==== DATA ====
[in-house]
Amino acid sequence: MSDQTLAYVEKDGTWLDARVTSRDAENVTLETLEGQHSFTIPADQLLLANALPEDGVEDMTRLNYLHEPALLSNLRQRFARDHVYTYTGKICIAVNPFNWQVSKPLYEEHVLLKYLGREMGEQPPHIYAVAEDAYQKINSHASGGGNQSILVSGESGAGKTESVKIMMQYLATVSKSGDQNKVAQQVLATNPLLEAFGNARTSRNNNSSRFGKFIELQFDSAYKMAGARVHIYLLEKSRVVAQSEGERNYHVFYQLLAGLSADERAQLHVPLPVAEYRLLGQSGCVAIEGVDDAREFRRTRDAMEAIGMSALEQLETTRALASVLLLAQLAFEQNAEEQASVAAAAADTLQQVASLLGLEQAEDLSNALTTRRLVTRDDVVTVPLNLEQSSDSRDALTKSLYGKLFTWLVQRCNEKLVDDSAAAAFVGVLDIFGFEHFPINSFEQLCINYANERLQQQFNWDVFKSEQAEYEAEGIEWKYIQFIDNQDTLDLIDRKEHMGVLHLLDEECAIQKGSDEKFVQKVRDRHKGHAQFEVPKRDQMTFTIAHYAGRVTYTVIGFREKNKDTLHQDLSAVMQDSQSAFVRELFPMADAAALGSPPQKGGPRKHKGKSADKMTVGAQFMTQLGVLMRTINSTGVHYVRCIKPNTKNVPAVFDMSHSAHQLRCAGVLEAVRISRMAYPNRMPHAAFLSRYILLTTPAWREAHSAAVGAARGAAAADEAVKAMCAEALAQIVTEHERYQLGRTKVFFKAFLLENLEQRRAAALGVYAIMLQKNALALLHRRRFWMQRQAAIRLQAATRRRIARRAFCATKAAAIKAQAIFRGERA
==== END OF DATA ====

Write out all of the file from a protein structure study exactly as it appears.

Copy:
[in-house]
Amino acid sequence: MSDQTLAYVEKDGTWLDARVTSRDAENVTLETLEGQHSFTIPADQLLLANALPEDGVEDMTRLNYLHEPALLSNLRQRFARDHVYTYTGKICIAVNPFNWQVSKPLYEEHVLLKYLGREMGEQPPHIYAVAEDAYQKINSHASGGGNQSILVSGESGAGKTESVKIMMQYLATVSKSGDQNKVAQQVLATNPLLEAFGNARTSRNNNSSRFGKFIELQFDSAYKMAGARVHIYLLEKSRVVAQSEGERNYHVFYQLLAGLSADERAQLHVPLPVAEYRLLGQSGCVAIEGVDDAREFRRTRDAMEAIGMSALEQLETTRALASVLLLAQLAFEQNAEEQASVAAAAADTLQQVASLLGLEQAEDLSNALTTRRLVTRDDVVTVPLNLEQSSDSRDALTKSLYGKLFTWLVQRCNEKLVDDSAAAAFVGVLDIFGFEHFPINSFEQLCINYANERLQQQFNWDVFKSEQAEYEAEGIEWKYIQFIDNQDTLDLIDRKEHMGVLHLLDEECAIQKGSDEKFVQKVRDRHKGHAQFEVPKRDQMTFTIAHYAGRVTYTVIGFREKNKDTLHQDLSAVMQDSQSAFVRELFPMADAAALGSPPQKGGPRKHKGKSADKMTVGAQFMTQLGVLMRTINSTGVHYVRCIKPNTKNVPAVFDMSHSAHQLRCAGVLEAVRISRMAYPNRMPHAAFLSRYILLTTPAWREAHSAAVGAARGAAAADEAVKAMCAEALAQIVTEHERYQLGRTKVFFKAFLLENLEQRRAAALGVYAIMLQKNALALLHRRRFWMQRQAAIRLQAATRRRIARRAFCATKAAAIKAQAIFRGERA